President Obama was snapped back into theÂ reality of dealing with a fragile economic recovery today as stocks plunged inÂ the wake of his re-election and the labor department announced that job openingsÂ dropped to a five-month low.
The Dow Jones industrial average plummetedÂ 200 points within minutes after the opening bell and it continued falling, downÂ 354 points two hours later. In late afternoon trading, it was down 323 points,Â or 2.5 percent, while index futures alsoÂ plunged after the European Union slashed its growth forecast for nextÂ year.
Meanwhile, the dollar rose and the LaborÂ Department announced that the number of job openings waiting to be filledÂ declined by 100,000 to 3.56 million from the prior month. The figures show thatÂ the October jump in private payrolls, which was the biggest in eight months, mayÂ be difficult to sustain.
Mere hours after the jubilation ofÂ winning aÂ hard-fought campaign against Republican challenger MittÂ Romney, Obama must nowÂ face the headaches of the so-called ‘fiscalÂ cliff’ of $607 billion in taxÂ increases and spending cuts, highÂ unemployment and uncertain economic growth.
As he approaches the challenges ahead,Â voters will be holding him to his acceptance speech promise that ‘theÂ bestÂ days are yet to come.’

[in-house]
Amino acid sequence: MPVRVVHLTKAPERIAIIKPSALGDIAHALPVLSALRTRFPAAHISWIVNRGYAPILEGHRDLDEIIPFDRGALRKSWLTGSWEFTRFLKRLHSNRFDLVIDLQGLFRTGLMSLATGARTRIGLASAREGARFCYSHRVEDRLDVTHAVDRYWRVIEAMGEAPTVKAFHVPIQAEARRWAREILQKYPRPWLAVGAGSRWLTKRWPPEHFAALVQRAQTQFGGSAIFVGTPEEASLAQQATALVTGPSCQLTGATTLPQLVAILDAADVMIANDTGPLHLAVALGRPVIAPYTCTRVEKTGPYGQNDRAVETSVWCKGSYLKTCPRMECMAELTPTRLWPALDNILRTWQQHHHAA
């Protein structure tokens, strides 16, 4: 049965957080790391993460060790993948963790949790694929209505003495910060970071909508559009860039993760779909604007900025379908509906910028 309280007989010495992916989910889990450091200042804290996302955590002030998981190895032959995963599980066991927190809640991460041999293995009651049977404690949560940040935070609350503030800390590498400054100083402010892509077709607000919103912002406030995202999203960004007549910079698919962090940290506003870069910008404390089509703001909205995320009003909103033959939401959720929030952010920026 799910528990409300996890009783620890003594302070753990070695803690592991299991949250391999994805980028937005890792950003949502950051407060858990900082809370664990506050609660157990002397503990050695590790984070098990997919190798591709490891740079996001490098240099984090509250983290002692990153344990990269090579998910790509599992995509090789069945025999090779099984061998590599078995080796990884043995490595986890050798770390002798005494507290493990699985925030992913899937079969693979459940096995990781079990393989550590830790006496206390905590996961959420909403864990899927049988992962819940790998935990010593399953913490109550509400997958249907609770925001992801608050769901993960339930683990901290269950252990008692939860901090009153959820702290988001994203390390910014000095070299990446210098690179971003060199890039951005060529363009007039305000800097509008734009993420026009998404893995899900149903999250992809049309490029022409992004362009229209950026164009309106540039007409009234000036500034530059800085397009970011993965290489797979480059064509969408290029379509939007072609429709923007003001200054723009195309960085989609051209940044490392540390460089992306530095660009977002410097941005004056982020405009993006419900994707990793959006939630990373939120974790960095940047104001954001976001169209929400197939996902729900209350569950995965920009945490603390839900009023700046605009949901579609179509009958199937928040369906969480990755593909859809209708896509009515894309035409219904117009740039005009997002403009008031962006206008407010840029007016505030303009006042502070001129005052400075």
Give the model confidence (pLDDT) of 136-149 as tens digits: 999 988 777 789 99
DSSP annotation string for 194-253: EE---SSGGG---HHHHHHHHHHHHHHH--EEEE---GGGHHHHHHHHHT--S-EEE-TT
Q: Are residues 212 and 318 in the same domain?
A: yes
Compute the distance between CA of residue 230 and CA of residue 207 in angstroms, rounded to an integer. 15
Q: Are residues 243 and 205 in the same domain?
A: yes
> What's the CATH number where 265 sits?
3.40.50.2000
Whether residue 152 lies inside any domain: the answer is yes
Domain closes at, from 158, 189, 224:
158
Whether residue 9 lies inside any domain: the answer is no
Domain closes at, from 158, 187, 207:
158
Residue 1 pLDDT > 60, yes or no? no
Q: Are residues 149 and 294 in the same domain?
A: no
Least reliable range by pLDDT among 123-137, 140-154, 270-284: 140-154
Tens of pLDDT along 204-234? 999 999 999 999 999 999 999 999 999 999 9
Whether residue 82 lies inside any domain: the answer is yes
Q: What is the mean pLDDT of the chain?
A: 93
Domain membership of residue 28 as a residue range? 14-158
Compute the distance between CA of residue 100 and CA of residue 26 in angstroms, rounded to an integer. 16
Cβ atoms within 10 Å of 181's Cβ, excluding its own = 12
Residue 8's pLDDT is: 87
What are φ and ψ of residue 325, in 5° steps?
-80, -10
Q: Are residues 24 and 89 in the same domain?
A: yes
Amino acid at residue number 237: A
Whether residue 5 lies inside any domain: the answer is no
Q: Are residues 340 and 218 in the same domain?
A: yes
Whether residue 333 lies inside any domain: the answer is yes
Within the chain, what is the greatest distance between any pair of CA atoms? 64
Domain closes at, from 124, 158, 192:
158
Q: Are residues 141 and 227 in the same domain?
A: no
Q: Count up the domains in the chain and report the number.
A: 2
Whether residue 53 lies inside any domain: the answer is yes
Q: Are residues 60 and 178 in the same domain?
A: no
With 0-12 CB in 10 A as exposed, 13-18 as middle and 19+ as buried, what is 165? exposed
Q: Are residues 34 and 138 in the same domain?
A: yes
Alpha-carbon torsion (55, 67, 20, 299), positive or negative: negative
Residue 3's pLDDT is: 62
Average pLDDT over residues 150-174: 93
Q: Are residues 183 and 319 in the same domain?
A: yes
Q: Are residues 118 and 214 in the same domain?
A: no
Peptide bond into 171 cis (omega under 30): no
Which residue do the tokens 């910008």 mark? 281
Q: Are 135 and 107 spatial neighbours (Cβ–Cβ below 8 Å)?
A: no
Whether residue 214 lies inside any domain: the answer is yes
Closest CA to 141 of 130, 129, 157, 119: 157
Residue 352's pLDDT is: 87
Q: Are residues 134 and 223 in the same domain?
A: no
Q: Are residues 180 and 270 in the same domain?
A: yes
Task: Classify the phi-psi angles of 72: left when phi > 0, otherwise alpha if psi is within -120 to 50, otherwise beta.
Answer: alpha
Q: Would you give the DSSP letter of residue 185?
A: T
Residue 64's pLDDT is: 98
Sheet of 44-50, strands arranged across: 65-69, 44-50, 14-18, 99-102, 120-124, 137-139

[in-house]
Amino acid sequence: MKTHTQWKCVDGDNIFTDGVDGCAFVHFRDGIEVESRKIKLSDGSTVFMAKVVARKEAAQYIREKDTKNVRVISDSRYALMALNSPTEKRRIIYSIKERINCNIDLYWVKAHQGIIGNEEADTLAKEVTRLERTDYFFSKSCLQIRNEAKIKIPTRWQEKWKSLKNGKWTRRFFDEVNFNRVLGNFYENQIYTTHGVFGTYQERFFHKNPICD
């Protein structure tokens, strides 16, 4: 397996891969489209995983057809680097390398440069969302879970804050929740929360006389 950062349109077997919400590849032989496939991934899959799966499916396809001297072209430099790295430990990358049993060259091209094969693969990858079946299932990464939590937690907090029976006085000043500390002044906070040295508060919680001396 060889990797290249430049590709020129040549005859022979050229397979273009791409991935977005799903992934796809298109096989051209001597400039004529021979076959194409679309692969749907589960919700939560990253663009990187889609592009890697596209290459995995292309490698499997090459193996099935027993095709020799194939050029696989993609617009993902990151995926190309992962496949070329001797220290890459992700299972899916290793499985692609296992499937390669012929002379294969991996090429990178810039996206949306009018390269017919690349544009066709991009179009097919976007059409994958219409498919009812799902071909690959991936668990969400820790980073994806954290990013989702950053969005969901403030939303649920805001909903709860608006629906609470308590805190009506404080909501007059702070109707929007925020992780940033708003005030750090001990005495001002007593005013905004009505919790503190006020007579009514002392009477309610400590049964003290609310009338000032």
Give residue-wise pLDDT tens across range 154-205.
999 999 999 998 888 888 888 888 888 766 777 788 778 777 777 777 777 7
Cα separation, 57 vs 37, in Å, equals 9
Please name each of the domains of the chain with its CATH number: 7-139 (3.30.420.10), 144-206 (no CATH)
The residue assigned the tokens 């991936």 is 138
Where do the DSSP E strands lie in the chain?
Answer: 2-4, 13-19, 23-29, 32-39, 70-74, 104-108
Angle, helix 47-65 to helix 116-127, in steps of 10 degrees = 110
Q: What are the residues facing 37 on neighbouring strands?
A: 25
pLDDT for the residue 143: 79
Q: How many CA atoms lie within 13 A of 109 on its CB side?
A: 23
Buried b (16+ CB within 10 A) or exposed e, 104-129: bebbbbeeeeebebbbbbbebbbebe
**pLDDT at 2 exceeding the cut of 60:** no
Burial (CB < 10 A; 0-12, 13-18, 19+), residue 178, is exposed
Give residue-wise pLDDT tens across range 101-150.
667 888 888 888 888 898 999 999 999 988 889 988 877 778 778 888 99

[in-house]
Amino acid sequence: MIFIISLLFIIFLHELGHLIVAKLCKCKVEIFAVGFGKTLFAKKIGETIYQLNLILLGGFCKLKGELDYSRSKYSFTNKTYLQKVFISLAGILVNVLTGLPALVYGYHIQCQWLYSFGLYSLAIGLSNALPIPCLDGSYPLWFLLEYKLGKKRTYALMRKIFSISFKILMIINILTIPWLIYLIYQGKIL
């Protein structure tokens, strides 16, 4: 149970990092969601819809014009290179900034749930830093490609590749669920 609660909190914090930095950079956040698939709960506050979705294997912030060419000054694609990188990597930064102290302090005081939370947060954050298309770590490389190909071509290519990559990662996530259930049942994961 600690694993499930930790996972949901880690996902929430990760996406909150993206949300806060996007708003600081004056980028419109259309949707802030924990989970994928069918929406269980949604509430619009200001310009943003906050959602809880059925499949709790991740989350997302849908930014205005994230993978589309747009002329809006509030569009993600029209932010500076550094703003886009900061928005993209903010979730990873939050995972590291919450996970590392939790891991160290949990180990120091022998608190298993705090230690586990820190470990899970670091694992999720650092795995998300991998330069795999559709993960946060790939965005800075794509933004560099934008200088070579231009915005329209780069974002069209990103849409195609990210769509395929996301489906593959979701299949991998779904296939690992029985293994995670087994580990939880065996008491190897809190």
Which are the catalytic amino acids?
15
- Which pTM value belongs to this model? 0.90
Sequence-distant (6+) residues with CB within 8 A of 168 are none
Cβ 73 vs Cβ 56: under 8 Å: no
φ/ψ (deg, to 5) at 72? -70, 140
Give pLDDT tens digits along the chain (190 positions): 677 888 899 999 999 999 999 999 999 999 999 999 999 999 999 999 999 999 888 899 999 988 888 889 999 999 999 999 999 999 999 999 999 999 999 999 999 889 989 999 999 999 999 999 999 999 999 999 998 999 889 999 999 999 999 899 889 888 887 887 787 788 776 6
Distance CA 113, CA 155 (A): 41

Obama returns now to a still-bitterly dividedÂ Congress in Washington, which must come to a deficit reduction agreement withinÂ the next 54 days to avoid the fiscal cliff’s debilitating mixture of tax increasesÂ and spending cuts.
If Congress fails to act, the U.S. economyÂ would contract sharply, potentially sending the nation into a second recessionÂ that could spread globally.
Businesses are already slowing hiring andÂ holding back from making new investments in preparation for theÂ possibilityÂ that Congress fails to overcome its division.
With the weight of the nation’s economy onÂ his shoulders, President ObamaÂ stressed the need for bipartisanship in hisÂ acceptance speech lastÂ night.
‘In the comingÂ weeks and months, I amÂ looking forward to reaching out and working withÂ leaders of both parties toÂ meet the challenges we can only solveÂ together,’ Obama said. ‘I believe we canÂ seize this future togetherÂ because we are not as divided as our politicsÂ suggests.’